Replacing the bag can be a disgusting job. Its wet and smelly. I have also heard that in the days when smoking was allowed it was even worse. Those were before my days so I don't know. I hope this answers your questions

ps The picture you have tail number 8794. I worked on it the night I typed this reply. Pretty cool huh!
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CRJ200Mechanic
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RE: "Coke Wash" Cleaning Of A Jet Engine?

Wed Feb 23, 2005 6:06 pm

Quoting Tbanger (reply 12):
ZOK 27 isn't abrasive to feel, but if you stand over it and take a big whiff, you'll burn the hairs right off from your nostrils to your arse


Yeah its some pretty ugly stuff. Who knew soap could be so nasty
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Mr Spaceman
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RE: "Coke Wash" Cleaning Of A Jet Engine?

Wed Feb 23, 2005 6:37 pm

Hi guys.

>>GOCAPS16, UAL Bagsmasher, Tbanger & CRJ200Mechanic, Thanks for your answers & info.

"you'll burn the hairs right off from your nostrils to your arse"... hehehe, that sounds like some pretty wicked soap! The words "Chemical Suit" come to mind.  Laugh out loud

Ok, so now I know what a coalescer bag is, where it's located, and how it works.

Also, I understand that the soap used for cleaning jet engines doesn't have any abrasive material in it, it's just soap that cleans as it's being compressed.

>> CRJ200Mechanic, that is pretty cool. I chose that photo on purpose because the CRJ is landing in Tulsa ....where you are. Big grin


Chris  Smile
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CRJ200Mechanic
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RE: "Coke Wash" Cleaning Of A Jet Engine?

Wed Feb 23, 2005 6:53 pm

Quoting Mr Spaceman (reply 15):
I understand that the soap used for cleaning jet engines doesn't have any abrasive material in it,


I don't know if thats true for all soaps. I just know its true for the stuff we use

And the soap is actually non hazardous believe it or not. It does become hazardous when it leaves the engines for obvious reasons.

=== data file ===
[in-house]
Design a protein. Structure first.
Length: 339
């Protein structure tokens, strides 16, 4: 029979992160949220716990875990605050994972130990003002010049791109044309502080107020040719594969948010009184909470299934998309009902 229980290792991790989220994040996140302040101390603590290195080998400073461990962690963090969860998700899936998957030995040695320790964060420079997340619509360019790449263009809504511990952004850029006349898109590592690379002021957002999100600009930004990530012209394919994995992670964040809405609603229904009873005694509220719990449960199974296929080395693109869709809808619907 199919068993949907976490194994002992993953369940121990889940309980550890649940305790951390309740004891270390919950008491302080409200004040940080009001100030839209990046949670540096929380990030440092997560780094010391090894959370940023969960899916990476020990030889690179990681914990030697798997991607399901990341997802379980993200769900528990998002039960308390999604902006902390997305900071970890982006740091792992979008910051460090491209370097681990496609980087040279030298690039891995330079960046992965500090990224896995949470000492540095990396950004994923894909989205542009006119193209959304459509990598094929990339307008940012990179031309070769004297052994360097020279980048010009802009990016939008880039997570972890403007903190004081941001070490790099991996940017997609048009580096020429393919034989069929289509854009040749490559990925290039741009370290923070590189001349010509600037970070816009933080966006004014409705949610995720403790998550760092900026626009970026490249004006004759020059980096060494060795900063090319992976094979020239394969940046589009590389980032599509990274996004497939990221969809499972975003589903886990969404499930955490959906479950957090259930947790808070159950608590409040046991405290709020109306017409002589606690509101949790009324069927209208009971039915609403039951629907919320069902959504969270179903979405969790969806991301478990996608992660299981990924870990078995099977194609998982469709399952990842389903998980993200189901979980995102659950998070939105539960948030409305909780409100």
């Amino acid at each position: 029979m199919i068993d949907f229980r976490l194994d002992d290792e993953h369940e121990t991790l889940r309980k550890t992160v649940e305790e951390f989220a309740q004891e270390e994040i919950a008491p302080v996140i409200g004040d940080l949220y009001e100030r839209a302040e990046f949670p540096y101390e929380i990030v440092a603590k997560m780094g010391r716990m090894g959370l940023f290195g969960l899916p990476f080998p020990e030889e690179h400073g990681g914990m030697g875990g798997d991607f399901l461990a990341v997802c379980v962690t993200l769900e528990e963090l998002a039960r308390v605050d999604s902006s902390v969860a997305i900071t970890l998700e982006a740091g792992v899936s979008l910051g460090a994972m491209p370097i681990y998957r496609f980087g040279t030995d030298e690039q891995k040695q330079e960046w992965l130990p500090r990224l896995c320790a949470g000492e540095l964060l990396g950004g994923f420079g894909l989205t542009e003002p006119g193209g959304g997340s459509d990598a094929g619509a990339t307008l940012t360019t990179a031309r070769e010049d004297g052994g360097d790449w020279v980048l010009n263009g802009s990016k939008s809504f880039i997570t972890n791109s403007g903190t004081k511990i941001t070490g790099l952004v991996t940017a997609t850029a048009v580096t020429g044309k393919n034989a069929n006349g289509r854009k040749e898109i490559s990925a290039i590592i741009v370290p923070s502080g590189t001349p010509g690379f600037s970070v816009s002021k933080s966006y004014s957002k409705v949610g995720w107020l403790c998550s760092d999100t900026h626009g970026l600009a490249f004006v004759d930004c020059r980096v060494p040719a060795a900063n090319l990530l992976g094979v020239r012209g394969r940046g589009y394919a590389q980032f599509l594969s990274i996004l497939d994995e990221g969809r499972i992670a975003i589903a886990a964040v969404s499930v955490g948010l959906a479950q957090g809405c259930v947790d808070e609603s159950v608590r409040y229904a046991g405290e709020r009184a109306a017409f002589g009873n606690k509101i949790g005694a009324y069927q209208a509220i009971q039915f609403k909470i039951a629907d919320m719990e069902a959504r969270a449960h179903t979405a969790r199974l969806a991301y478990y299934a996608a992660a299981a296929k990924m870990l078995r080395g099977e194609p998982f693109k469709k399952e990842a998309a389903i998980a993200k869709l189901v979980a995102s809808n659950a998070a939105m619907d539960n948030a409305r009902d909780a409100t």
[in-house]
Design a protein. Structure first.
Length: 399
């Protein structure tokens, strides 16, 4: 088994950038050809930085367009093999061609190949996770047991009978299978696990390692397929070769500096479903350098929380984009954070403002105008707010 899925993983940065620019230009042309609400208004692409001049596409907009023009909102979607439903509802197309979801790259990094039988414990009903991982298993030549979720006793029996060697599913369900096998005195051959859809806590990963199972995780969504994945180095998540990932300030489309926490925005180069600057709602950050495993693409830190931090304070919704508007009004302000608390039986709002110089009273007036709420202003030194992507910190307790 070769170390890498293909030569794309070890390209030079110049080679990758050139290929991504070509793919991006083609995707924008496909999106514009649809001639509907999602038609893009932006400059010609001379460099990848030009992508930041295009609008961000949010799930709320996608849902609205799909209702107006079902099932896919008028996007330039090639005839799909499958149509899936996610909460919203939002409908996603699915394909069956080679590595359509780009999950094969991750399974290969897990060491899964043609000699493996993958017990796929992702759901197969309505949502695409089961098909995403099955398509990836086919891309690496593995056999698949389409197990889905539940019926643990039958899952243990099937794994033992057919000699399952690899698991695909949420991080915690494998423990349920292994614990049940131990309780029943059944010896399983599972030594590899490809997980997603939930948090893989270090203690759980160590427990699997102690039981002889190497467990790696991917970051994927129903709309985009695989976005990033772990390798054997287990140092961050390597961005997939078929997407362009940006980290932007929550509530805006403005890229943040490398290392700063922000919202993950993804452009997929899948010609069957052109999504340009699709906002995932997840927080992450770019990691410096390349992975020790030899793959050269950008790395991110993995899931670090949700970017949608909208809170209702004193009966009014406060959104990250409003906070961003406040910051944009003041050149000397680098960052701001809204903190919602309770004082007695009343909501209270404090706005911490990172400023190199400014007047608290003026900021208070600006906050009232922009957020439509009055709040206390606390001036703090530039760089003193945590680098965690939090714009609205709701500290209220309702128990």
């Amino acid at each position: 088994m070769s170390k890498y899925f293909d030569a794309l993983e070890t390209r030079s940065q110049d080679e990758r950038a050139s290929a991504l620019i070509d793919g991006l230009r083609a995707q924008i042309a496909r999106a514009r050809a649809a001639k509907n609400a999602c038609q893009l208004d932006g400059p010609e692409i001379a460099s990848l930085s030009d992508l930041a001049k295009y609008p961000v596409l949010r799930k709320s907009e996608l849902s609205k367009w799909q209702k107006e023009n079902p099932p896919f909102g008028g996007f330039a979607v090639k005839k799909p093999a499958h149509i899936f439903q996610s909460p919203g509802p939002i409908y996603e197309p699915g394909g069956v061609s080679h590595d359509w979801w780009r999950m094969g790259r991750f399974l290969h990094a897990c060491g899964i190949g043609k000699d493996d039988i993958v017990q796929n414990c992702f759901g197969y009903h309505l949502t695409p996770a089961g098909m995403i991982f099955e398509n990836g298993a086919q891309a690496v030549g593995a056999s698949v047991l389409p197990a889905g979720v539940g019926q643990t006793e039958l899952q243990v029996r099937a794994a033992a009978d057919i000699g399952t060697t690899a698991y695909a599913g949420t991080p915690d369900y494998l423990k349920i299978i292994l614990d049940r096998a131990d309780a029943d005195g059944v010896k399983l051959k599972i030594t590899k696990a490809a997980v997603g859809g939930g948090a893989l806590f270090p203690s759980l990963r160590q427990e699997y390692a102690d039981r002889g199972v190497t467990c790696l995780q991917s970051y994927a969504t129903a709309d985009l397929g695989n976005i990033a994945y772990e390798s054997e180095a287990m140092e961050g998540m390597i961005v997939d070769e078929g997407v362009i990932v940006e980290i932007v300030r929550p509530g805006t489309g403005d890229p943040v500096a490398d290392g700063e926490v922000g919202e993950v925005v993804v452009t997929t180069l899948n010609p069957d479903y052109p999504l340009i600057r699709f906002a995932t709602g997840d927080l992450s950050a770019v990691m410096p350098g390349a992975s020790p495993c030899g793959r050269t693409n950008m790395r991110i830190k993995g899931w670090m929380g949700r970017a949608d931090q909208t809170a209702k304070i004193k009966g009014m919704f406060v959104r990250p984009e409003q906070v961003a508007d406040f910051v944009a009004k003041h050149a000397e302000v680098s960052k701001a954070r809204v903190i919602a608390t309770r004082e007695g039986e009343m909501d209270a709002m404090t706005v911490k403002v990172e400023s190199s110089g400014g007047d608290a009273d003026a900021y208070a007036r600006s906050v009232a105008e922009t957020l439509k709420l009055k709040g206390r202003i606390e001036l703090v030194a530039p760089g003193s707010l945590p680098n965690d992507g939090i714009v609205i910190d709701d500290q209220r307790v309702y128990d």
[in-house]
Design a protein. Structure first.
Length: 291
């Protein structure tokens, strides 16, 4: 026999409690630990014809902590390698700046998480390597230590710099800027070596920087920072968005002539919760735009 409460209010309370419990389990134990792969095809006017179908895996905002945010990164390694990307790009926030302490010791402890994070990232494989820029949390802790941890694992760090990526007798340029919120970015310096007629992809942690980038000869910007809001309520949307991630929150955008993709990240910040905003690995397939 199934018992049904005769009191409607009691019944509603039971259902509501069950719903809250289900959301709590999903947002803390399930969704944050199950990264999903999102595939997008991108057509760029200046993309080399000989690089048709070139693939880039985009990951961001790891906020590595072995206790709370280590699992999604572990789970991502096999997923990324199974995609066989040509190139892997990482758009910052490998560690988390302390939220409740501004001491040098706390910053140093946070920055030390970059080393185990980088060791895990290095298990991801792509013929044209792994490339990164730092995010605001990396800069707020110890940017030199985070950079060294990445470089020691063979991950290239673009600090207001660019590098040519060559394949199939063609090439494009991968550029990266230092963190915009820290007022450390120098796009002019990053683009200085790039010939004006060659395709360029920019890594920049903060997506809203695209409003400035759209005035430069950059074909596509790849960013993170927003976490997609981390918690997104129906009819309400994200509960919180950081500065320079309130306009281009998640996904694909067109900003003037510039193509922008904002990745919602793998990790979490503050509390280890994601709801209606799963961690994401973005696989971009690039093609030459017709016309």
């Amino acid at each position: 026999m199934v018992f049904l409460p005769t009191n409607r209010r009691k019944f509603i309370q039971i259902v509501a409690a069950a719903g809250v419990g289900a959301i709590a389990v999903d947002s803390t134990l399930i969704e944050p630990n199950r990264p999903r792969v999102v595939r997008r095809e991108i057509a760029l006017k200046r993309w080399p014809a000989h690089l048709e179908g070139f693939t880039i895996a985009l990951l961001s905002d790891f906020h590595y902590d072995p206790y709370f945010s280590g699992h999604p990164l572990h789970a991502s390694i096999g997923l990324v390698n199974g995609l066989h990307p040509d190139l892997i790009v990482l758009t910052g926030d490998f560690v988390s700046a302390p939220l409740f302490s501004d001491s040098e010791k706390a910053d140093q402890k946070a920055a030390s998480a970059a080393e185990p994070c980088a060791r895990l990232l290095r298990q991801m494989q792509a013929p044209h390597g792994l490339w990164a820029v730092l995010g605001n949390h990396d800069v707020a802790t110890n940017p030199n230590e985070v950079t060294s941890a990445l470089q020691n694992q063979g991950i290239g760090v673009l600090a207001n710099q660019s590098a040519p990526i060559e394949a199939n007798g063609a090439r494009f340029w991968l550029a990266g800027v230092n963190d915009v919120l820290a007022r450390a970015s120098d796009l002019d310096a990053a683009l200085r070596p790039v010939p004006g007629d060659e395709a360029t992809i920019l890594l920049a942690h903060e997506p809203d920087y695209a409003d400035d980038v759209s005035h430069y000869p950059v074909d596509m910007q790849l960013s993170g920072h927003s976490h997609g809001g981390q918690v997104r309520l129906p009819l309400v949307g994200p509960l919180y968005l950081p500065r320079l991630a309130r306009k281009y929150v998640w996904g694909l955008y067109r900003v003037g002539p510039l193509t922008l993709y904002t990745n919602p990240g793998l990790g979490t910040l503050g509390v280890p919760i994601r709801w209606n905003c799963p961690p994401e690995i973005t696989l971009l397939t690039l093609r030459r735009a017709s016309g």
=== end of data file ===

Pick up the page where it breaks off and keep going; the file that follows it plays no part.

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777wt
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RE: "Coke Wash" Cleaning Of A Jet Engine?

Thu Feb 24, 2005 9:34 am

Quoting Mr Spaceman (reply 3):

Turbine section doesn't get much deposits on them due to the high temp they get to while operating. It's the compressor section that gets the cleaning.

On the other hand, Southwest doesn't do cleaning of their engines which is against their policy. Someone on here did it and didn't know it.
Why? I don't know, either it's for safety reasons or it's left to the engine overhaul shop.
 
futureuapilot
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RE: "Coke Wash" Cleaning Of A Jet Engine?

Thu Feb 24, 2005 9:58 am

Hey, this might be a silly question, but is there a mechanic or Pilot in the cockpit while this is going on to raise the throttles or can you do it without someone in the cockpit?

-Sam
The Pilot is the highest form of life on Earth!
 
777wt
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RE: "Coke Wash" Cleaning Of A Jet Engine?

Thu Feb 24, 2005 11:16 am

Quoting FutureUApilot (reply 18):


Sure there has to be someone in there, no one is gonna let a plane run by itself without anyone in the cockpit.
 
DC10GUY
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RE: "Coke Wash" Cleaning Of A Jet Engine?

Thu Feb 24, 2005 4:21 pm

I've done that several times, Scheduled most of the time. High EGT trends first required a "boroscope inspection" if "splattered" was found in the compressor a "coke" cleaning would be done. The "coke" is coke that's ground very fine. That stuff will kill you if you breath it in. The picture shows a #1 engine being cleaned .... The #2 was sooo much fun to do .....NOT!
Next time try the old "dirty Sanchez" She'll love it !!!
 
CRJ200Mechanic
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RE: "Coke Wash" Cleaning Of A Jet Engine?